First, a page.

• Different thicknesses are available but should not be used, if possible. Try to use structural features for stiffness instead.
  • Different sheet metal materials: Only in special cases, aluminum and other materials are available.
  • Delrin (a type of plastic) is available as sheet stock 1/4” (6.35mm) to make custom sleeve bearings – check out the sample at the front
  • Steel rod 4mm is available to make custom length shafts (fits meccano size gears and adapters)


DC Motors

Geared Barber Coleman motor (FYQF 63310-9)  (at 12V)

  • no-load speed:   470 rpm      max torque:  28 oz-in  (20 N-cm)
  • no-load  current:  0.1A      stall current:  1.3 A

Un-geared Barber Coleman motor (FYQM 63100-51)  (at 12V):

  • no-load speed:   2300 rpm        max torque:  5.2 oz-in  (3.7 N-cm)
  • no-load  current:  0.13A       stall current:  2.75 A

Solarbotics geared DC motors


RC Servo Motors


Servo Motors from Hobby King



Lab Prototype Boards

Note that physical layout may differ slightly from board to board.


(1) Power Input – comes from the benchtop power supply with a proprietary connector.   Supplies +15V/-15V/+5V/ground to the board.


(2) BNC inputs –  use cables with BNC connectors to connect the board to oscilloscopes, function generators, or other lab equipment.  Note that the shield of all equipment connected through the BNC is connected to ground on the board – this may intentionally (or unintentionally) be used to ground all of the equipment on your benchtop.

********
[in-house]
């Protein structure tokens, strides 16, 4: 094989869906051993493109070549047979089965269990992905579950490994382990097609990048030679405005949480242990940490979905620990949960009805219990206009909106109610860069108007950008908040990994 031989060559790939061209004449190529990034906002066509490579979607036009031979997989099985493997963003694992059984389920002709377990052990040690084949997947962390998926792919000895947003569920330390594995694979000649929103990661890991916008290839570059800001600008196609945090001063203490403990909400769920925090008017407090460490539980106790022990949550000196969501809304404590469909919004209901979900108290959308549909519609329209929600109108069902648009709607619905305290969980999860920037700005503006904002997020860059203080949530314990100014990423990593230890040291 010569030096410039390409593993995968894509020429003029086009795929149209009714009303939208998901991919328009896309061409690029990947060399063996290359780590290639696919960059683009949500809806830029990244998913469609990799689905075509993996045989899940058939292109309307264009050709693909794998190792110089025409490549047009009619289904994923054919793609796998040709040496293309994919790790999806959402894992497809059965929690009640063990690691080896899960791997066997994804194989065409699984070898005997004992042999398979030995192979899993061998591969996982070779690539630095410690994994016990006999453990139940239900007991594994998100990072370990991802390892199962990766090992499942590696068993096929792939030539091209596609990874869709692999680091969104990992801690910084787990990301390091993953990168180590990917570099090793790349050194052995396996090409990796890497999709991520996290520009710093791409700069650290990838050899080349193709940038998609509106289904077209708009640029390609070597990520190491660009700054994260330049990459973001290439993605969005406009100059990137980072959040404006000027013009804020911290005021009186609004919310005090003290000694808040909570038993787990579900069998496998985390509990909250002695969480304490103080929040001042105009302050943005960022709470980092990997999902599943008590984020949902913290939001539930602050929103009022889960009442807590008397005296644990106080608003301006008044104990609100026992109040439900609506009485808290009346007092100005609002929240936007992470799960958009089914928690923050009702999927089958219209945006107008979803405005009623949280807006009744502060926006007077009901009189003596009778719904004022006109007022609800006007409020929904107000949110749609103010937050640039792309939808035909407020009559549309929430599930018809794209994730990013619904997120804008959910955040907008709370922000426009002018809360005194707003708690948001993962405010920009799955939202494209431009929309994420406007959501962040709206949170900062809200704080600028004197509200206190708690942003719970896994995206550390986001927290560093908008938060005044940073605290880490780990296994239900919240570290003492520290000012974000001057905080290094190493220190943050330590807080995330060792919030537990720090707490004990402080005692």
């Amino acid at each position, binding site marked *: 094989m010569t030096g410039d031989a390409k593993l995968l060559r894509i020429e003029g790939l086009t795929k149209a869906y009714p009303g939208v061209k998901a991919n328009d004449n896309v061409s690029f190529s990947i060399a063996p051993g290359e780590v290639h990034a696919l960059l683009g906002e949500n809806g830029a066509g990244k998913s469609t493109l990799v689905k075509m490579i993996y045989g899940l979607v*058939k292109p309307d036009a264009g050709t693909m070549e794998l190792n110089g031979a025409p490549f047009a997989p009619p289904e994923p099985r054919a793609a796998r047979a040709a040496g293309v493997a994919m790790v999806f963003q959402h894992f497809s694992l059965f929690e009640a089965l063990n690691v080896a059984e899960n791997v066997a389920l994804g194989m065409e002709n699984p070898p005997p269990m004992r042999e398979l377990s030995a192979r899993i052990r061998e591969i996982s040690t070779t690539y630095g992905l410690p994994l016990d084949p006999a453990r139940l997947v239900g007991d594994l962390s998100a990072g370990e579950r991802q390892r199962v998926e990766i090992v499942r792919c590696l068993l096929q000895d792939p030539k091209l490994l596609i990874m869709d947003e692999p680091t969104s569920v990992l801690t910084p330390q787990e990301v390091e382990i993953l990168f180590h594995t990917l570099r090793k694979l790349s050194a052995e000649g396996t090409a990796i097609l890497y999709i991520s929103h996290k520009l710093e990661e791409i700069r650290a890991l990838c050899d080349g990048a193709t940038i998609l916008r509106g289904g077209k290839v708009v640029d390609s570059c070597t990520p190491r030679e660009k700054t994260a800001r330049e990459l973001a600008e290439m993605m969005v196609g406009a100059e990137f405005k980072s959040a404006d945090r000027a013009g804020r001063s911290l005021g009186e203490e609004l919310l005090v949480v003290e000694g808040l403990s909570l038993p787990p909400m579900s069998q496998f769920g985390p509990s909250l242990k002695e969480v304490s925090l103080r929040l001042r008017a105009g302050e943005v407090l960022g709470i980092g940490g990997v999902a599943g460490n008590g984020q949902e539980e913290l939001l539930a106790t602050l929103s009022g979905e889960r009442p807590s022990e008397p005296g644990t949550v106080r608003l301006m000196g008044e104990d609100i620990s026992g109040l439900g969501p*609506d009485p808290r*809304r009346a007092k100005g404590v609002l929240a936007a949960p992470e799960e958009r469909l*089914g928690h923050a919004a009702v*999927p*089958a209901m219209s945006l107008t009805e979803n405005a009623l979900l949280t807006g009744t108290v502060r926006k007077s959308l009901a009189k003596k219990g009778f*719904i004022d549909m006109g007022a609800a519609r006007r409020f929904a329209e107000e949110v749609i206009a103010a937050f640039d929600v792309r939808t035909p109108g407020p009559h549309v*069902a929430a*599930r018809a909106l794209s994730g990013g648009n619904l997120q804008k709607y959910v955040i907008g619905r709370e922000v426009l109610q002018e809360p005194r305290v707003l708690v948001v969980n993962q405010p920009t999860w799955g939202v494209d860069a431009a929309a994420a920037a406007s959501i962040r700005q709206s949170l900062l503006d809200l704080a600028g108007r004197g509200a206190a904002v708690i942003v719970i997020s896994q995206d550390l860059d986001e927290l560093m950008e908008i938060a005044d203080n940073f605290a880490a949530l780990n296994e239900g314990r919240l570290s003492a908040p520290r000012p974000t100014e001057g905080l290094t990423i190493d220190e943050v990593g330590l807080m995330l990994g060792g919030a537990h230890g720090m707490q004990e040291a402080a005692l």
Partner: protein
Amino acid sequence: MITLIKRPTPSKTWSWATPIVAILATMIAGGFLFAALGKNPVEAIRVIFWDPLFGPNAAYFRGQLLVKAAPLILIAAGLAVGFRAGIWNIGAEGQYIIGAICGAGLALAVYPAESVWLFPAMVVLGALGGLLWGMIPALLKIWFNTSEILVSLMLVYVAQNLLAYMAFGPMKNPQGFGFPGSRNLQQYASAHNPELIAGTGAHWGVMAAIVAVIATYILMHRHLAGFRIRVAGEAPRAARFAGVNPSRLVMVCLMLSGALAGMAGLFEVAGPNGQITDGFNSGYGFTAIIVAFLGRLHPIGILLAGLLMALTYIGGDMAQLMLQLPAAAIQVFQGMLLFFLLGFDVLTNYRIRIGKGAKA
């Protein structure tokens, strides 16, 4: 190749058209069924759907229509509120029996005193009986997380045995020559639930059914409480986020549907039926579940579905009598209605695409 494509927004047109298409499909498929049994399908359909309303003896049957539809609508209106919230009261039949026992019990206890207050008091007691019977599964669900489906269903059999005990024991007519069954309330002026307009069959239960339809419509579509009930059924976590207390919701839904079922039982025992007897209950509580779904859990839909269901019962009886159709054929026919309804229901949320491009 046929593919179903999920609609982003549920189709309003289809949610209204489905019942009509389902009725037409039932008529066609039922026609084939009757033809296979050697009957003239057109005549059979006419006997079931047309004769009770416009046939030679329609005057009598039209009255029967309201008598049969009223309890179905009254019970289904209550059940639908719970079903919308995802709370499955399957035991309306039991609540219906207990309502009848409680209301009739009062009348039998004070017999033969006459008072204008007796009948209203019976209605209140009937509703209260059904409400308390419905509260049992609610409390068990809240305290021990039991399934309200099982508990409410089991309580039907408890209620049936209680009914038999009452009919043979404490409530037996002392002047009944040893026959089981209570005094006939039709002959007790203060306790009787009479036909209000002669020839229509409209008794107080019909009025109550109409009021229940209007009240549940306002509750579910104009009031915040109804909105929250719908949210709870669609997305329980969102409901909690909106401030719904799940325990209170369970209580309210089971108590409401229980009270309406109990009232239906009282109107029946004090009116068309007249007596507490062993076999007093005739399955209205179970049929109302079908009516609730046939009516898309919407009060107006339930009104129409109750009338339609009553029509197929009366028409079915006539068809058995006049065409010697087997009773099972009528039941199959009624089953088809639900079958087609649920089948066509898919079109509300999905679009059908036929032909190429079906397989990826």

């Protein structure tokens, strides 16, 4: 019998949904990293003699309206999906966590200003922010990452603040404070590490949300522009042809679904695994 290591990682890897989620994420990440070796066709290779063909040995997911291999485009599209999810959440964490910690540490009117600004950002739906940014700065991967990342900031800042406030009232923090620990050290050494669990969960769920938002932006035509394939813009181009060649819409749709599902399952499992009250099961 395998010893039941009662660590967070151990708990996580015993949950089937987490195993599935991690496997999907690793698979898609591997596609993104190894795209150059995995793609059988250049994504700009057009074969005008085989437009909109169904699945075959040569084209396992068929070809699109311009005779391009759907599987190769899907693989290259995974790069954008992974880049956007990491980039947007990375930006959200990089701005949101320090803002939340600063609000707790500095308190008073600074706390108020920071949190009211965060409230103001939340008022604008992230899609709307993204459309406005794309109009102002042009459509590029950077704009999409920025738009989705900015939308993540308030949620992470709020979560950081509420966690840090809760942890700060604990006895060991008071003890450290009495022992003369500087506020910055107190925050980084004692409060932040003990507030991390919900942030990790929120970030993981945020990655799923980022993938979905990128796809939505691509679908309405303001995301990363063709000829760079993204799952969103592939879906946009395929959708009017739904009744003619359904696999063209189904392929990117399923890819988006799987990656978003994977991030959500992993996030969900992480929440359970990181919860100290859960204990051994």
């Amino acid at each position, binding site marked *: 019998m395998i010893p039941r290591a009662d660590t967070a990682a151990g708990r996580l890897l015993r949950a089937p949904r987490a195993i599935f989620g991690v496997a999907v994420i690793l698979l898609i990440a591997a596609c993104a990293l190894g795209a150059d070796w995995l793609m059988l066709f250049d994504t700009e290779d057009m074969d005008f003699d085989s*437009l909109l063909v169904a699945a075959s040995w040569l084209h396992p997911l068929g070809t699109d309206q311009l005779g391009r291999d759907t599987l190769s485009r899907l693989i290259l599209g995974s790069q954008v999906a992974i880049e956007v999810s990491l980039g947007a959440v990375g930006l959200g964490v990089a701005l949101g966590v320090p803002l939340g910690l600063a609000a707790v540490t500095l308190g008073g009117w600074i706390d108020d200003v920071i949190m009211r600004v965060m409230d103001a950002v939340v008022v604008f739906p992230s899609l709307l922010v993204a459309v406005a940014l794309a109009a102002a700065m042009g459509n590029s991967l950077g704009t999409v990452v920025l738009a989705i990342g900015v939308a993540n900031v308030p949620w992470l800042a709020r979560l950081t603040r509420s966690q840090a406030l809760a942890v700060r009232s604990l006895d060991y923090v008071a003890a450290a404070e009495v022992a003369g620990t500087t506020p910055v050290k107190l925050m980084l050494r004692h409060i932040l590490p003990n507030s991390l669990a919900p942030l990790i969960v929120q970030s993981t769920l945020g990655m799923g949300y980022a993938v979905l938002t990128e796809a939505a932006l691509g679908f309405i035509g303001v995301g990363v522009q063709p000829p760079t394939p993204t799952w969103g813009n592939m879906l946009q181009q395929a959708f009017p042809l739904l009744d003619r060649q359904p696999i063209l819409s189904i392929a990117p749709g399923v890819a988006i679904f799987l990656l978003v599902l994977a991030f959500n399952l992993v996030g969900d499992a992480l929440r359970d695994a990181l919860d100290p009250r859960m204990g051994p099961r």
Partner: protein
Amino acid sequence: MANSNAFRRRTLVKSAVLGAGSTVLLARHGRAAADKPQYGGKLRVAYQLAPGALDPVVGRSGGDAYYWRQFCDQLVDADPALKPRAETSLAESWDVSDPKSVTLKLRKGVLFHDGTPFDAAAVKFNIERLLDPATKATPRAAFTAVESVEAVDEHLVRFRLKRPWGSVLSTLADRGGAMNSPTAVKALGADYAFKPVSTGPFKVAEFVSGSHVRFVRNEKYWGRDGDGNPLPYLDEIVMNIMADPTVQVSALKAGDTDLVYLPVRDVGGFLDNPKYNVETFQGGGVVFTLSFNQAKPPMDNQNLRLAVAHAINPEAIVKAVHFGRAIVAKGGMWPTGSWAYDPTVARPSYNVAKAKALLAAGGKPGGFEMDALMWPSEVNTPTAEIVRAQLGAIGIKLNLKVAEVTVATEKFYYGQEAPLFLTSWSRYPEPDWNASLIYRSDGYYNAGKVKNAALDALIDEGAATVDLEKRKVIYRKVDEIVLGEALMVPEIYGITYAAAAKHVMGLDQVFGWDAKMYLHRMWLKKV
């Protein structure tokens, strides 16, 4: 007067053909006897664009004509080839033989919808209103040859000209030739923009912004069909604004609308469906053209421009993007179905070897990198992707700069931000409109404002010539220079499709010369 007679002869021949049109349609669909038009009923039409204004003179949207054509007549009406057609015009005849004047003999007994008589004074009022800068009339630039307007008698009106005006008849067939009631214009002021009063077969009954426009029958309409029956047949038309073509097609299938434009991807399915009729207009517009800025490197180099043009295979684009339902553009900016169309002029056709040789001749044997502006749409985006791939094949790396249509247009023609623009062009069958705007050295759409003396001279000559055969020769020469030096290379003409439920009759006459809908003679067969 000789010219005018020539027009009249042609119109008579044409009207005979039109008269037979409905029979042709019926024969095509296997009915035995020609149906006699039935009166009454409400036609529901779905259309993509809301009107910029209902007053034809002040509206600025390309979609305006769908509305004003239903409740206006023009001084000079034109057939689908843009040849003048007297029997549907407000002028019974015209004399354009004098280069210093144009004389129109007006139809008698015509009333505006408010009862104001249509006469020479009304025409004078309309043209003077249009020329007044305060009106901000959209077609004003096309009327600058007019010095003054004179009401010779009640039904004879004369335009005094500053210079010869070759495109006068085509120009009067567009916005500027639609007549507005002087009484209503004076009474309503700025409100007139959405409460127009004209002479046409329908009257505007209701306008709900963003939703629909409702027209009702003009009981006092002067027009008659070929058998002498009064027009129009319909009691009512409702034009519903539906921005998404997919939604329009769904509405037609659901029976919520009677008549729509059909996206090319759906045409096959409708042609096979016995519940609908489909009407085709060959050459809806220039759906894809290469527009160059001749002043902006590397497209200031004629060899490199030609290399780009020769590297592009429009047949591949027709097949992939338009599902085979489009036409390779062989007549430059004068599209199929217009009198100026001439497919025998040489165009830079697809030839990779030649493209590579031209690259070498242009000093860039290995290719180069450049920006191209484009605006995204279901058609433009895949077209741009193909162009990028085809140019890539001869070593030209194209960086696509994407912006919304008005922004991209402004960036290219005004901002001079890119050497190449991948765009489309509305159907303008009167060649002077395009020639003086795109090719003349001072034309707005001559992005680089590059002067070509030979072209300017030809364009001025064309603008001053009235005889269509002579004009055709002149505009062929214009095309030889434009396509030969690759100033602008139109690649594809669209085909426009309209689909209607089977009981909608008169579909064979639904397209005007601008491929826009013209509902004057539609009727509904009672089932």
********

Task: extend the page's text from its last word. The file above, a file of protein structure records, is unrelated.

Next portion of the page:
(3) Potentiometer – the three pins just beside the board connect to the potentiometer of the knob.  Check the rating of the potentiometer to see the resistance (most boards are 10 kohms)


4) BCD LED Display – a 2-digit LED display, programmed through Binary Coded Decimal.  A 5V signal provided to each pin displays the value on the LED.  You can see the datasheet on the BCD driver, the DM9368N.


(5) Solderless breadboard. Note that the power buses on these and ~90% of the solderless breadboards you see will have a discontinuity in them, and will require short jumpers to connect the left-side and right-side of the board.  Scroll through about half-way through this online tutorial to read up on the reasoning for the break:  Sparkfun Tutorial – Beginning Embedded Electronics.

(6)  four SPDT switches – These four slide switches are Single Pole Double Throw (read here for further information on different switch configurations and terminology).  The centre  pin is the common pin, and will connect to either the top pin or bottom pin.


(7) two debounced switches –   Both of these switches produce clean debounced pulses when the button is pressed.  Each button produces both an active-high and an active-low signal.   Note that any mechanical switch actually produces noise, which can be suppressed either by debouncing in hardware or debouncing in software (with increasing levels of complexity).


(8) power pins – all of these pins can be used to connect to the power buses on the solderless breadboard.   Note that all of these pins connect to one antoher through the board – if you have problems where an unknown part of a circuit is shorting the board, you can disconnect power to each of the buses to localize the short to a specific part of the circuit.


(9) 9-pin DSUB connector.  You can connect the prototype board to devices using a 9-pin DSUB connector, most commonly found on older serial port devices communicating through RS-232.


(10)  LED Indicators – use up to 8 LEDs on your board.   The LEDs are powered by the ULN2803A darlington transistor array, and turns on LEDs with a 5V signal is supplied to the pins.



Useful Links